Bathurst caribou herd could be down to 16,000 animals, says gov't
President of North Slave Métis Alliance says he would be in support of a complete hunting ban
The N.W.T. government says the Bathurst caribou herd may be down to as few as 16,000 animals.
The government shared its latest "extremely worrisome" estimates with aboriginal groups earlier this week. The results build on a previous letter, sent in early July, that indicated the number of breeding cows in the herd has declined by 50 per cent since 2012.
"The number of animals has continued to decline even without the added pressure of harvesting," wrote Ernie Campbell, the deputy minister of Environment and Natural Resources, in the follow-up letter, dated Sept. 2.
Basing its findings on the results of a June calving ground survey — though acknowledging that further analysis is needed — the government says the total herd is likely somewhere between 16,000 and 22,000 animals, compared to the 35,000 animals estimated in 2012.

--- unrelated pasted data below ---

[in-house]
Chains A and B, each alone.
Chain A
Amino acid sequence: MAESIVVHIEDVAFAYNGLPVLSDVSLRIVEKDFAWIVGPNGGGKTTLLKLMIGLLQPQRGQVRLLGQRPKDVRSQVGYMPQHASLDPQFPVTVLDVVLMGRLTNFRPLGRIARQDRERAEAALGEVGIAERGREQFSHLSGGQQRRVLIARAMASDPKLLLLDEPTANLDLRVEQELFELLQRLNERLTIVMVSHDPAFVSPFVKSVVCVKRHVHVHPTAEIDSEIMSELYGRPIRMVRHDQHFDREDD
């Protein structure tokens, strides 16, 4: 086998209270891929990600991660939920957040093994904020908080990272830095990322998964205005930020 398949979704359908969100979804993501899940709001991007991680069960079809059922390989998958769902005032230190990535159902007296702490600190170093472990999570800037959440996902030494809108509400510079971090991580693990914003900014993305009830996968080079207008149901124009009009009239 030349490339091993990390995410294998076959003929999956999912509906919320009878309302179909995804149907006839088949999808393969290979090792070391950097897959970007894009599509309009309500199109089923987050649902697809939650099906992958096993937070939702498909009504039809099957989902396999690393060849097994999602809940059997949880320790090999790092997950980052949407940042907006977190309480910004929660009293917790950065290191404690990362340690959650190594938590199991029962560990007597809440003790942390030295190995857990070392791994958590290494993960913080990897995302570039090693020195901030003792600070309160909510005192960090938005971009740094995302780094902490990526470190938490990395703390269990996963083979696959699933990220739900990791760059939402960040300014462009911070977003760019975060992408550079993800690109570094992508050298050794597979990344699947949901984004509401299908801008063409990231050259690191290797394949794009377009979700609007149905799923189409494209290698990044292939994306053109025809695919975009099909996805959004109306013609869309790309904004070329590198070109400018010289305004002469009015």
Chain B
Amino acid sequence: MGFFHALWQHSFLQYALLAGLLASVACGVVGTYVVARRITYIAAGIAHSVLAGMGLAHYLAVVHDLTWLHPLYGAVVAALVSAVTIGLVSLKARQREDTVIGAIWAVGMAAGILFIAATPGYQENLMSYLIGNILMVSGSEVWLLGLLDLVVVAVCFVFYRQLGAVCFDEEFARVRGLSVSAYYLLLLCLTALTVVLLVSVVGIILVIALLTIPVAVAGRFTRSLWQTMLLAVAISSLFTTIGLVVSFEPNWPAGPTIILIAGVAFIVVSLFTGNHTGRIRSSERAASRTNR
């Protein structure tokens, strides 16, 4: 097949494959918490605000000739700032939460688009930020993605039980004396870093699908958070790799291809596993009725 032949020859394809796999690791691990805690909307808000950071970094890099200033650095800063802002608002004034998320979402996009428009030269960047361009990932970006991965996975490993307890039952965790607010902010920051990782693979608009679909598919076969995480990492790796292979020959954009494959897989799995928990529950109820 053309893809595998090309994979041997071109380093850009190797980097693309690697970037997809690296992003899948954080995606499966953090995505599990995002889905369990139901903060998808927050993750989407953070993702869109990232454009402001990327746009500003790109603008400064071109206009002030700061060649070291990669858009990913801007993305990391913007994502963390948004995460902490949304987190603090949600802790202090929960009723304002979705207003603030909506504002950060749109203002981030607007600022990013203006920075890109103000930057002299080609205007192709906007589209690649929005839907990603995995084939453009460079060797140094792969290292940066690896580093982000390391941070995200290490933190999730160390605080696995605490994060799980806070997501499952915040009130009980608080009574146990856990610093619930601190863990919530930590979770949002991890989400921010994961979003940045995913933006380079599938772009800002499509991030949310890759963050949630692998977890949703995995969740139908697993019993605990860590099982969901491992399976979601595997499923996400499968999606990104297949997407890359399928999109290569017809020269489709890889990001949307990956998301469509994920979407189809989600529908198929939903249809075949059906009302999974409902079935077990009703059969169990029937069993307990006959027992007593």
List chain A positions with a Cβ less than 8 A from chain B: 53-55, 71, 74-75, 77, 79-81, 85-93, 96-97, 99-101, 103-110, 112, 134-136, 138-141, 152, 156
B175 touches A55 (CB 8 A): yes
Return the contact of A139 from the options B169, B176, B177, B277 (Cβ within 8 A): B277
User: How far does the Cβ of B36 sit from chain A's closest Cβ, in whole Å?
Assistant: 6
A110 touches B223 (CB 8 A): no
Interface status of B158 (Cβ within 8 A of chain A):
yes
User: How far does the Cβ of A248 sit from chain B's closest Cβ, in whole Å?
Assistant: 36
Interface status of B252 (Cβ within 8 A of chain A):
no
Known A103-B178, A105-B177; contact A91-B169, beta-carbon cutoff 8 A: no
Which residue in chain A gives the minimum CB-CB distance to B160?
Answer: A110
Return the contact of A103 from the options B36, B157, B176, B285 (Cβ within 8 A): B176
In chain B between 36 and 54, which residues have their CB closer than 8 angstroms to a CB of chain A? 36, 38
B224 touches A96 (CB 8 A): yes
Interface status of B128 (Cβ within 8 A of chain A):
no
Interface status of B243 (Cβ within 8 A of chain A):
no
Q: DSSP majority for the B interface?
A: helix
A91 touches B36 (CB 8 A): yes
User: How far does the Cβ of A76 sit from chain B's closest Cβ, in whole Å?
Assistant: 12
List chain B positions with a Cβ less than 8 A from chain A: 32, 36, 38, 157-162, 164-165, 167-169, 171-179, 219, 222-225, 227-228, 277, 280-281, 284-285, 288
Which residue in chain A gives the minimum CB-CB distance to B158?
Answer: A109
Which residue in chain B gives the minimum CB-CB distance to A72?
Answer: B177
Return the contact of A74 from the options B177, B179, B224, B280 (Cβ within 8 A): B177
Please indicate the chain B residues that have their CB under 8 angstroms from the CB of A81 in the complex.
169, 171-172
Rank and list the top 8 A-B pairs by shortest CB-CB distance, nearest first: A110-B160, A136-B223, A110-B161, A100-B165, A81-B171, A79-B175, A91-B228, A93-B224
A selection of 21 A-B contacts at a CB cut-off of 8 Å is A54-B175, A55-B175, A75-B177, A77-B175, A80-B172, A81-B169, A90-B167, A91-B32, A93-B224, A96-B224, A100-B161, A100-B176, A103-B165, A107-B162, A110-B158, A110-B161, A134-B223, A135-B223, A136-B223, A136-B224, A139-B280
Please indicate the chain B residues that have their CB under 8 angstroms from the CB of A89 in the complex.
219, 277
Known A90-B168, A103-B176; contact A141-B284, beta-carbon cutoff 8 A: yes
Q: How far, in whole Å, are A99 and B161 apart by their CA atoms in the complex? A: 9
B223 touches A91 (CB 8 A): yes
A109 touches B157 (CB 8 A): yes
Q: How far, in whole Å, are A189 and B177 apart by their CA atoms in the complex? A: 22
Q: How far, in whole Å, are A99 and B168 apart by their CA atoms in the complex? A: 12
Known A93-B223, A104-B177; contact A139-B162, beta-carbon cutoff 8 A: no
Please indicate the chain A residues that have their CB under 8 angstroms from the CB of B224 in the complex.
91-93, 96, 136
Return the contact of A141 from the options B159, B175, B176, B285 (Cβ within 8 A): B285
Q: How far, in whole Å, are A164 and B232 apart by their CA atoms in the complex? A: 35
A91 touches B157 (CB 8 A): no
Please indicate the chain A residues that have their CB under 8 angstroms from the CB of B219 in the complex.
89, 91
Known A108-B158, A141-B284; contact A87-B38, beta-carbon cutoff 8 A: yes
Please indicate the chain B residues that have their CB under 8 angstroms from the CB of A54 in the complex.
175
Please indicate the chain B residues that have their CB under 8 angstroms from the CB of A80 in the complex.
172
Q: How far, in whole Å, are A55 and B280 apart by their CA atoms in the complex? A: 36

With the fall hunt approaching, the government is asking aboriginal groups entitled to harvesting the herd for input on how to stem the herd's decline.
Currently, the government bans all harvesting of Bathurst caribou except for 15 bulls shared between the Yellowknives Dene First Nation, the Tlicho Government and the North Slave Métis Alliance.
Bill Enge, the president of the Métis Alliance, says his group is willing to see that number shaved to zero.
"There's no mention in the recent letter... about the 15 ceremonial tags. It is conspicuous and it could probably be because ENR feels those harvesting tags should not be issued to the aboriginal harvesters," he said.
"If... there's a total harvest ban on the Bathurst herd... we would be in support of that measure."